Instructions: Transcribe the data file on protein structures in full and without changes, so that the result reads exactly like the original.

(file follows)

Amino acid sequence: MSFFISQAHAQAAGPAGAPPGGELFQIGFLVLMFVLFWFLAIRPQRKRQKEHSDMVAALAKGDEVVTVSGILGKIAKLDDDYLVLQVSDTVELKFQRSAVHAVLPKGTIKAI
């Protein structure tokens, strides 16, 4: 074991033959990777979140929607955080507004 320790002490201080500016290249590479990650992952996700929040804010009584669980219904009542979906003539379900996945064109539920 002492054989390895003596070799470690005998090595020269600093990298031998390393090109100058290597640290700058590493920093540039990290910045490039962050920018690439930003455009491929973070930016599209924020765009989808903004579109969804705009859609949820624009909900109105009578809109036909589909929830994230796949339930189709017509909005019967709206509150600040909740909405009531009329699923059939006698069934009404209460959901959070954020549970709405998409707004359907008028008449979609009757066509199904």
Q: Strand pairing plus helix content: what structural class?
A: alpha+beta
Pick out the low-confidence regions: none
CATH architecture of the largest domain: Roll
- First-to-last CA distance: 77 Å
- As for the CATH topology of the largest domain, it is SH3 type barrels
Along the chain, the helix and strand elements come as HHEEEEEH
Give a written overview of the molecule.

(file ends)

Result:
Amino acid sequence: MSFFISQAHAQAAGPAGAPPGGELFQIGFLVLMFVLFWFLAIRPQRKRQKEHSDMVAALAKGDEVVTVSGILGKIAKLDDDYLVLQVSDTVELKFQRSAVHAVLPKGTIKAI
């Protein structure tokens, strides 16, 4: 074991033959990777979140929607955080507004 320790002490201080500016290249590479990650992952996700929040804010009584669980219904009542979906003539379900996945064109539920 002492054989390895003596070799470690005998090595020269600093990298031998390393090109100058290597640290700058590493920093540039990290910045490039962050920018690439930003455009491929973070930016599209924020765009989808903004579109969804705009859609949820624009909900109105009578809109036909589909929830994230796949339930189709017509909005019967709206509150600040909740909405009531009329699923059939006698069934009404209460959901959070954020549970709405998409707004359907008028008449979609009757066509199904």
Q: Strand pairing plus helix content: what structural class?
A: alpha+beta
Pick out the low-confidence regions: none
CATH architecture of the largest domain: Roll
- First-to-last CA distance: 77 Å
- As for the CATH topology of the largest domain, it is SH3 type barrels
Along the chain, the helix and strand elements come as HHEEEEEH
Give a written overview of the molecule.